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Support and resistance levels in CFD trading

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Everyone interested in trading has heard of support and resistance levels. They are an integral part of technical analysis but can also be found in other techniques like Elliott waves or Fibonacci retracement.

Support and Resistance

Support and resistance levels determine the value of future prices by drawing trendlines on past price action.

Current market dynamics will come to a place where they meet the old price levels. This meeting usually results in traders setting limit orders at these price points, which causes movement along this path until something breaks the pattern. This is called an upwards/downwards breakout.

If prices break through a support or resistance level, it doesn’t mean they will keep going forever. It often means they are testing new support/resistance levels in another time frame.

After prices break through the resistance level, they eventually return and test it as support.

When looking at support and resistance levels, you also have to consider the context of the market.

For example, in a bullish market, resistances will be higher than supports. This is because buyers are willing to pay more for a stock when demand is high. The opposite is true in a bearish market.

It’s also important to remember that not all support and resistance levels will hold. As with any other trading strategy, there is no holy grail.

Sometimes you will get stopped out of a trade, and sometimes your analysis will be wrong. But if you use support and resistance levels correctly, they can be a powerful tool in your trading arsenal.

Next, let’s take a look at how to trade using support and resistance levels. We’ll use the bullish market context mentioned earlier in the examples below.

How to trade

When prices reach a support level, you can go long by setting a buy limit order just above the support level. This means that your order will only be executed if the security price rises above the support level.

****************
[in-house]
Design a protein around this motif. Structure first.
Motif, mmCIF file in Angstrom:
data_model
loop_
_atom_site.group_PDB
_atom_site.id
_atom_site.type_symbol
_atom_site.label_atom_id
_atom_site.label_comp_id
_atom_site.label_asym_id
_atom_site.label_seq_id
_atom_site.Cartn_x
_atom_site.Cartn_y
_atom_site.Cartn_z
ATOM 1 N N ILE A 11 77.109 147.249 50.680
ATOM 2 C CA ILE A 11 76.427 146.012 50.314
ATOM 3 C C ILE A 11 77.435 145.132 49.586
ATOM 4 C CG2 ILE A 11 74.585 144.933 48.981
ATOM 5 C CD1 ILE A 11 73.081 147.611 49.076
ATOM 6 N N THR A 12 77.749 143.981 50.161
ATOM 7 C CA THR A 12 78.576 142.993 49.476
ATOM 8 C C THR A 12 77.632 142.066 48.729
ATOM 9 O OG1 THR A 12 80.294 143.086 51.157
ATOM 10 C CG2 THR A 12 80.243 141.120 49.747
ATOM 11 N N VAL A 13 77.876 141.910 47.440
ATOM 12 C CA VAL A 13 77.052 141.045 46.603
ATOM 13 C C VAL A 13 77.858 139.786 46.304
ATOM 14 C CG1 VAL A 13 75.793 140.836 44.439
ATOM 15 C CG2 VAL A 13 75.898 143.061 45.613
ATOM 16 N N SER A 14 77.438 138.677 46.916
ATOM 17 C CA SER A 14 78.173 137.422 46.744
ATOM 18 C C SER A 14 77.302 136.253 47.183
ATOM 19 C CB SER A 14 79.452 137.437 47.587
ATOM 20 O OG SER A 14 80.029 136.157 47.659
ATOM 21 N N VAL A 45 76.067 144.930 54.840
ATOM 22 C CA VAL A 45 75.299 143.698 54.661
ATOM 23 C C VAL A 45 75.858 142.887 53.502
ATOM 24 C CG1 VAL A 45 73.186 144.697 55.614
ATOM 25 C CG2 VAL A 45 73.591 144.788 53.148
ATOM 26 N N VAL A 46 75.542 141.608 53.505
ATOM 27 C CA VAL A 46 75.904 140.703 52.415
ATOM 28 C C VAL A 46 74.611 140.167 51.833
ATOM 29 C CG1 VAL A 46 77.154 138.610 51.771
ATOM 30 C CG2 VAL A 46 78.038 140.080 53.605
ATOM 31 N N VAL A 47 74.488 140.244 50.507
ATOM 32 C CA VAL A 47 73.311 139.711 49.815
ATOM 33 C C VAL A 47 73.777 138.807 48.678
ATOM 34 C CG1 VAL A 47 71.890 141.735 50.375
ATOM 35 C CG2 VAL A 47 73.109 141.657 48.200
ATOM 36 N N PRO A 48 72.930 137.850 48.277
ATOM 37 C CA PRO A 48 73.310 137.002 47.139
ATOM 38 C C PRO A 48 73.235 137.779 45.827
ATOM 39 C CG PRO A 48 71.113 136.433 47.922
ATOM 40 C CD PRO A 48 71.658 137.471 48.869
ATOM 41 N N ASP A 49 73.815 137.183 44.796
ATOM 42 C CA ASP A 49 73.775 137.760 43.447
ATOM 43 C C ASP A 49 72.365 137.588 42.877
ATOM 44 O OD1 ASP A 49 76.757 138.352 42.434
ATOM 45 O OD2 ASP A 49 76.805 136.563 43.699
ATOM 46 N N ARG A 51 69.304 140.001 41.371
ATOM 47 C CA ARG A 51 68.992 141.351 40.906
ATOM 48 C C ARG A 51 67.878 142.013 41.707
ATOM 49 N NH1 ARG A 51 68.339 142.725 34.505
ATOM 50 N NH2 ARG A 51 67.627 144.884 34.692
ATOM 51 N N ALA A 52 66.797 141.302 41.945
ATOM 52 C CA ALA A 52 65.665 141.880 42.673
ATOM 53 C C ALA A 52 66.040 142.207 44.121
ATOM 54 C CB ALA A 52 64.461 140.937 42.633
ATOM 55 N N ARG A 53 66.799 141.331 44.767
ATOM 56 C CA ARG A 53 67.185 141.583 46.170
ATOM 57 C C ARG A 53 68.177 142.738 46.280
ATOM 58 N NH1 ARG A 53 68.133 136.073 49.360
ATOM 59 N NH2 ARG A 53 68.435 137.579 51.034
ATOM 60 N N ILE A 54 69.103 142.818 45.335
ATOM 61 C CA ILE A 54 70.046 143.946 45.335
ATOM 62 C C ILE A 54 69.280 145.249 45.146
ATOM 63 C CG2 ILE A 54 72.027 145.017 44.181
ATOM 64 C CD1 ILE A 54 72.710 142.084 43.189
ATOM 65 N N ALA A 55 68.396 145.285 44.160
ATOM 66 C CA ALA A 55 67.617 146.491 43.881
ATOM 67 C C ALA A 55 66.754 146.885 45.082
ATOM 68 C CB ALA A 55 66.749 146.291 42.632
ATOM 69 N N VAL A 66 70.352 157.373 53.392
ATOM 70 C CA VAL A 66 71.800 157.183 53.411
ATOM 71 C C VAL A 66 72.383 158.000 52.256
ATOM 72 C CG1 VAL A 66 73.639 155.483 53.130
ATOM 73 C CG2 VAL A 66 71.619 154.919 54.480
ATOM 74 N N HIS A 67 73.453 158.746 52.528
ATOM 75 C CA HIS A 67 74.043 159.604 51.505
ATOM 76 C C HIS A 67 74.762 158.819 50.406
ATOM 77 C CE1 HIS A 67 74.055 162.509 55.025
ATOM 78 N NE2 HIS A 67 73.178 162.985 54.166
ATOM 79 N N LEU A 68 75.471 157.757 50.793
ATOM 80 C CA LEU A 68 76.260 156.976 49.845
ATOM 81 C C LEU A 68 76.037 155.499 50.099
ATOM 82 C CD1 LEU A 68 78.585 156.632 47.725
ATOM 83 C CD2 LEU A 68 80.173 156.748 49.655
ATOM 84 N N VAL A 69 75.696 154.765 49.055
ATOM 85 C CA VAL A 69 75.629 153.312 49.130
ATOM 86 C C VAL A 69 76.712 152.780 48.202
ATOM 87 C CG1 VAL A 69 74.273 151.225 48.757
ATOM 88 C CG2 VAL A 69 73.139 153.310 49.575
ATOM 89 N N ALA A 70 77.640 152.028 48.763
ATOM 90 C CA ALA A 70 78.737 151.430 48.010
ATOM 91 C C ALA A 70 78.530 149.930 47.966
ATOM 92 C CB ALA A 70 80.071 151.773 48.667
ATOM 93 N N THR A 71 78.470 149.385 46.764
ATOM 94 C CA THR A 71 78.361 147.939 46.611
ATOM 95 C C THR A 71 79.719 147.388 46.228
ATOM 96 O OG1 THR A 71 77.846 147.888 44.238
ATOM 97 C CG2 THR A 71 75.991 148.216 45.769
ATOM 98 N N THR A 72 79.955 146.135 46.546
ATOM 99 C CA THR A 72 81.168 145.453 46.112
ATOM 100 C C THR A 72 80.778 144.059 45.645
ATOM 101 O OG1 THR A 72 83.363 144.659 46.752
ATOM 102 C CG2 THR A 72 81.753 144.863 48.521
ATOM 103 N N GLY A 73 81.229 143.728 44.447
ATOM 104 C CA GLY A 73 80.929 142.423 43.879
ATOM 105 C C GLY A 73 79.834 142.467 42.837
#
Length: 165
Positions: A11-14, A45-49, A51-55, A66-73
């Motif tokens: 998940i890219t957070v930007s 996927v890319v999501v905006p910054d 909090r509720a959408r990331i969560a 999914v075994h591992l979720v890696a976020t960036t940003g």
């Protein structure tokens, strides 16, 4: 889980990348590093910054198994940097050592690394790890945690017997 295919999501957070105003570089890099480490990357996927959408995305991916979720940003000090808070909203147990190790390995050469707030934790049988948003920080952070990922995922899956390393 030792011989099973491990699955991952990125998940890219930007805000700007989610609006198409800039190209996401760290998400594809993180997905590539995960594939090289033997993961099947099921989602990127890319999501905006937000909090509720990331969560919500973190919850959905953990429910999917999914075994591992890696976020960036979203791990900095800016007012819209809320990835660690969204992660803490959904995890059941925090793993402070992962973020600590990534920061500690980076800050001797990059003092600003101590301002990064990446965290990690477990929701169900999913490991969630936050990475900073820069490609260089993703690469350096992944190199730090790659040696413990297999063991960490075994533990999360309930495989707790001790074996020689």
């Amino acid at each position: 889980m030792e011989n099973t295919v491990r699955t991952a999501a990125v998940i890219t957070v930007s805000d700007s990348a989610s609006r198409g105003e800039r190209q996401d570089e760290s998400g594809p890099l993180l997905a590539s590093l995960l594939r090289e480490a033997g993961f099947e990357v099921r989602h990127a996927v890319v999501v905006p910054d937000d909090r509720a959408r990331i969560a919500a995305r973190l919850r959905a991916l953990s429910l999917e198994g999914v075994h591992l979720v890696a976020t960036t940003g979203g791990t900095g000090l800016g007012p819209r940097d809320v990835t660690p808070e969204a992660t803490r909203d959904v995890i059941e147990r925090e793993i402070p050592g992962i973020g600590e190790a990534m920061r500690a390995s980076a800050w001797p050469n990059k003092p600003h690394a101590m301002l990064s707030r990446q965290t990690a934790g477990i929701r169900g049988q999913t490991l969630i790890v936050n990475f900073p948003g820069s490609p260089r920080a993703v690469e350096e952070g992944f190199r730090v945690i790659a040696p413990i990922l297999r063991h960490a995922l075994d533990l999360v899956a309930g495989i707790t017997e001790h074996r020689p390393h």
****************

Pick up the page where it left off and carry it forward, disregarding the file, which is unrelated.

Similarly, you can go short when prices reach a resistance level by setting a sell limit order just below the resistance level. This means that your order will only be executed if the price falls below the resistance level.

In both cases, it’s essential to set a stop-loss order to protect your trade-in case the support or resistance level is broken.

So, that’s a basic introduction to support and resistance levels. As you can see, they can be a handy tool for determining the value of future prices.

But like with any other trading strategy, it’s essential to use them correctly and in the proper context. With a bit of practice, you’ll be able to use them to improve your trading results.


Support and resistance levels are essential tools for CFD traders. They can identify potential trading opportunities and help traders manage their risks.

When security is approaching a support level, it may be indicating that the price has reached its bottom and is likely to start moving up again. A trader who buys at this point would be aiming to sell at a higher price later on to make a profit.

Similarly, when security is approaching a resistance level, it may be indicating that the price has reached its top and is likely to start moving down again.

A trader who sells at this point would be aiming to buy back at a lower price later on to make a profit. Support and Resistance levels are not to be confused with Pivot Points, which are the levels that price tends to bounce off during a trading session.

This can help determine whether or not there is much resistance between the current price and the potential new high/low.

One helpful tip for using support-resistance levels would be for traders to apply their knowledge of these critical concepts when considering entering or exiting positions on news events.

It has been proven that many currencies tend to experience increased volatility following an event release, mainly due in part because of human nature and the herd mentality.

Support and Resistance levels can measure where a currency pair may be headed shortly, as traders place their orders around these critical areas.

The use of Stop Loss and Take Profit orders can also be helpful when trading off of Support and Resistance levels. Stop Losses can be placed just below support levels, anticipating the price moving lower.

At the same time, Take Profit orders can be set above resistance levels in anticipation of the higher price.

In conclusion

Support and Resistance levels are essential tools that CFD traders can use to help them make informed trading decisions. By understanding how these levels work, traders can increase their chances of taking profitable positions and limiting their losses during times of market volatility.

Follow Saxo Dubai market for more information.


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